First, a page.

Twenty-one per cent of homes in the US will be networked with wireless and wired technology by the year 2005 in what may spell the end of fixed networks.
Multiple home PCs and mobile phones will drive the trend, according to a study released last week by Strategy Analytics, a UK-based telecom and new media analysis firm.
By 2005, 19 per cent of US households will have wireless networks, connecting 77 million devices, the report said, while roughly 11 per cent of US homes will have wired networks.
Some homes will have both, making the total number of networked homes 21 per cent.
Eventually, wireless networking will become more widespread than wired networking, according to David Mercer, the study's author.
The gradual adoption of wireless networking will be driven by increased usage of mobile devices - such as phones and PDAs (personal digital assistants) - that are likely to be sold with Bluetooth capability, the report said.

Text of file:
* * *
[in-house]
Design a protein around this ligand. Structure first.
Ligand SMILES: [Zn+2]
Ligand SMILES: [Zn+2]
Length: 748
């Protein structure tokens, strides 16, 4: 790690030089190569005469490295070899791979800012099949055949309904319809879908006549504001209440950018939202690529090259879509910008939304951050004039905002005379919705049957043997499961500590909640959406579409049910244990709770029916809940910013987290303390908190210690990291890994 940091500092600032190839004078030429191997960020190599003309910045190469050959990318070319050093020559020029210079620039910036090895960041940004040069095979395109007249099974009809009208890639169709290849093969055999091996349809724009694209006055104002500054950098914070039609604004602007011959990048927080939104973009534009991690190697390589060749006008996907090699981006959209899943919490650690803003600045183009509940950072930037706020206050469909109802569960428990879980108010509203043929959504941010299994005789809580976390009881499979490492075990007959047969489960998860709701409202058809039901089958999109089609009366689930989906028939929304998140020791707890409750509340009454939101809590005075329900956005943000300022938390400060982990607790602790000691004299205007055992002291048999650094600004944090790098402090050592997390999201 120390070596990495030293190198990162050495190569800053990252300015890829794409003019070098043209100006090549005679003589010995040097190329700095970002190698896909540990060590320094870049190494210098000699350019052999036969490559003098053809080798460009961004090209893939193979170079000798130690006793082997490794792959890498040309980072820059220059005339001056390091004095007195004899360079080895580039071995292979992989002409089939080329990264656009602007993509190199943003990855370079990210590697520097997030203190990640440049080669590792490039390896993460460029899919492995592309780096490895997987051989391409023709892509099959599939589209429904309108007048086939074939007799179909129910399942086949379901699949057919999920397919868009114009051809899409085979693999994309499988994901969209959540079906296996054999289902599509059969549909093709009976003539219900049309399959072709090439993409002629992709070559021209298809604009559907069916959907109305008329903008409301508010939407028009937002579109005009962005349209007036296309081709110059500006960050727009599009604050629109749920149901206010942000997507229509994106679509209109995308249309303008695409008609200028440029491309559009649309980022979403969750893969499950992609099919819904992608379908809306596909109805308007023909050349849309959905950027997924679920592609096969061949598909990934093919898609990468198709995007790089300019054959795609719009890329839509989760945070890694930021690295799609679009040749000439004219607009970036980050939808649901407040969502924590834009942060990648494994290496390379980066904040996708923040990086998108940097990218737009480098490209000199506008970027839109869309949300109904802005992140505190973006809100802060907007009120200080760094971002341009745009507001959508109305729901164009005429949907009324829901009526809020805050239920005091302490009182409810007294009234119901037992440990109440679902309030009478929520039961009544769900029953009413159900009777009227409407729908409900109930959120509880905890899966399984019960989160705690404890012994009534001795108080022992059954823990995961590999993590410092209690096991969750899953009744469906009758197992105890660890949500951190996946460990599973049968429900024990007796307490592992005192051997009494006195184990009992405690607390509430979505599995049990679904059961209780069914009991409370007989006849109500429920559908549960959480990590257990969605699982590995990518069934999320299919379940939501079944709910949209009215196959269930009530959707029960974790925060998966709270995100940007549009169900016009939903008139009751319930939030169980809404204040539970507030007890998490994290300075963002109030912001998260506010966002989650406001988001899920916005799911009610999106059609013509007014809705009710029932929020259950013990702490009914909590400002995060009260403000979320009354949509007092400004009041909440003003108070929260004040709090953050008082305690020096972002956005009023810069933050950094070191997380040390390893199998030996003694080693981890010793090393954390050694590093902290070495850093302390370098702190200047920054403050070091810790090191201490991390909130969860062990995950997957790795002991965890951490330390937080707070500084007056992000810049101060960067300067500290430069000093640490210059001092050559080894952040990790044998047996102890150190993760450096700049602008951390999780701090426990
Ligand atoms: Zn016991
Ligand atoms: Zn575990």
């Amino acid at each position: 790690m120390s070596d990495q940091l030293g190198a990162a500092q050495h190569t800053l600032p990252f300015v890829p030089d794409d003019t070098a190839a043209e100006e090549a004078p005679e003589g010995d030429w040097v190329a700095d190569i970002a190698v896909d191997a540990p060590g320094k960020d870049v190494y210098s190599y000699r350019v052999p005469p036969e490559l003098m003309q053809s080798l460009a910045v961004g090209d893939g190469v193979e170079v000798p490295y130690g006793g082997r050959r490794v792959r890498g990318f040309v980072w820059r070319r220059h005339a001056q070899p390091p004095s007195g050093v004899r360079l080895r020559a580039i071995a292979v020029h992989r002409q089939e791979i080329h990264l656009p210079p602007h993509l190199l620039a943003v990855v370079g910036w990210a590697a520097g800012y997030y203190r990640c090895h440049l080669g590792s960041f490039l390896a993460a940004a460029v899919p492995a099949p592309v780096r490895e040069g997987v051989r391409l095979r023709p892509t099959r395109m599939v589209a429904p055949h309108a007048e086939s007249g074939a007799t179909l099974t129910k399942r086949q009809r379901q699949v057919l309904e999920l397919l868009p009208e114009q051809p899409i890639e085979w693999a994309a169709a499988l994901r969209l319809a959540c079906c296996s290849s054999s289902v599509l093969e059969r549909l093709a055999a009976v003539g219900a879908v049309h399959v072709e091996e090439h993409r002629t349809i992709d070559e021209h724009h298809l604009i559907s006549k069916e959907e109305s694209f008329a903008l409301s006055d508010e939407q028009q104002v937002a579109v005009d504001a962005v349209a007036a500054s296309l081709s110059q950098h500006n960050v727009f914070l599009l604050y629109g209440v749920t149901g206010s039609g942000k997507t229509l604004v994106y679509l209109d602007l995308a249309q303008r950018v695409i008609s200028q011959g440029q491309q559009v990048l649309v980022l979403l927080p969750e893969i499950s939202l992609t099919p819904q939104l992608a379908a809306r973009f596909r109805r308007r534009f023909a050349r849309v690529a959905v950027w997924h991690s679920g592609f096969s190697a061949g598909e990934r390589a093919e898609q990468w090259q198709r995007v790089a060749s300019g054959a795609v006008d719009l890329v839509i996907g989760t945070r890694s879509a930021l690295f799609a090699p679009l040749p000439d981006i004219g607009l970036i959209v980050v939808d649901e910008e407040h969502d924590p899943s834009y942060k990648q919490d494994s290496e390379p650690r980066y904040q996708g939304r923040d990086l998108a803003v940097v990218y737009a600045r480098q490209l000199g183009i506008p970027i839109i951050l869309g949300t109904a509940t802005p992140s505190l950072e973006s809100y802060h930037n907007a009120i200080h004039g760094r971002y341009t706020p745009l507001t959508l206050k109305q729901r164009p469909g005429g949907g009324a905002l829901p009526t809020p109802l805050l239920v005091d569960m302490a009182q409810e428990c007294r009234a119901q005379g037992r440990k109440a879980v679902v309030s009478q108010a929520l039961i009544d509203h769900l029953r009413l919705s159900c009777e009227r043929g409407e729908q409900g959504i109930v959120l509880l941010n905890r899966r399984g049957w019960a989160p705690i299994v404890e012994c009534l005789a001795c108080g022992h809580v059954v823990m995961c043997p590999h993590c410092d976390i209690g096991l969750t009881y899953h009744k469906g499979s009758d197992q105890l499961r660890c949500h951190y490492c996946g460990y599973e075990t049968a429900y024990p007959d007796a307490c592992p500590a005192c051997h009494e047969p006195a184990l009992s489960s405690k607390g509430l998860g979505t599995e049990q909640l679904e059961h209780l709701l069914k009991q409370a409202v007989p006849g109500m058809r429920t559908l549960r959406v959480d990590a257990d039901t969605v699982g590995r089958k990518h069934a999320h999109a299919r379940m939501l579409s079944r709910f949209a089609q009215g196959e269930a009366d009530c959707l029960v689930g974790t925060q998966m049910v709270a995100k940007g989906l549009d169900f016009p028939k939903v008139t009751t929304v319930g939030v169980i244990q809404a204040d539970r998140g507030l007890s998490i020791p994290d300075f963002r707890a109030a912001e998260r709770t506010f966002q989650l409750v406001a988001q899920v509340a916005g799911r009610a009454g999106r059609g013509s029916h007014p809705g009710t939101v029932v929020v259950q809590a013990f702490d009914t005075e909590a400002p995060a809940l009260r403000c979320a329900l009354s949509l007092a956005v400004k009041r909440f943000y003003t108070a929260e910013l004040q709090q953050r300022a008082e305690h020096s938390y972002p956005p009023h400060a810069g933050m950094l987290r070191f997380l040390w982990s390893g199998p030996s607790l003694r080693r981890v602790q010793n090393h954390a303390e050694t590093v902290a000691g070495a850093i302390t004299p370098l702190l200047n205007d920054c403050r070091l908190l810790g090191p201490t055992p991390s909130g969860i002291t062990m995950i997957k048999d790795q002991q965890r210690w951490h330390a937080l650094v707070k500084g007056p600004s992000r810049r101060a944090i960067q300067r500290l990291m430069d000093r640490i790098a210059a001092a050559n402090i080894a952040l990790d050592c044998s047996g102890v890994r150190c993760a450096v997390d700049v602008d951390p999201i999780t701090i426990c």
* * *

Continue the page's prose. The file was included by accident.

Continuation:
Bluetooth is a standard that allows mobile phones, handheld devices and PCs transmit voice and data without wires at up to 1Mbps within a radius of 10 metres.
More than 800 companies around the world are working to develop the standard and products for the standard.
"We may see some Bluetooth products by the end of the year, or certainly within 12 months," Mercer said.
In Europe, 15 per cent of houses will have wireless networks by that time, connecting 88 million devices. Only 4 per cent of European households will be networked with wired technology, according to the report. Again, some homes will have both networking technologies so that the total number of European networked homes will be 16 per cent, Mercer said.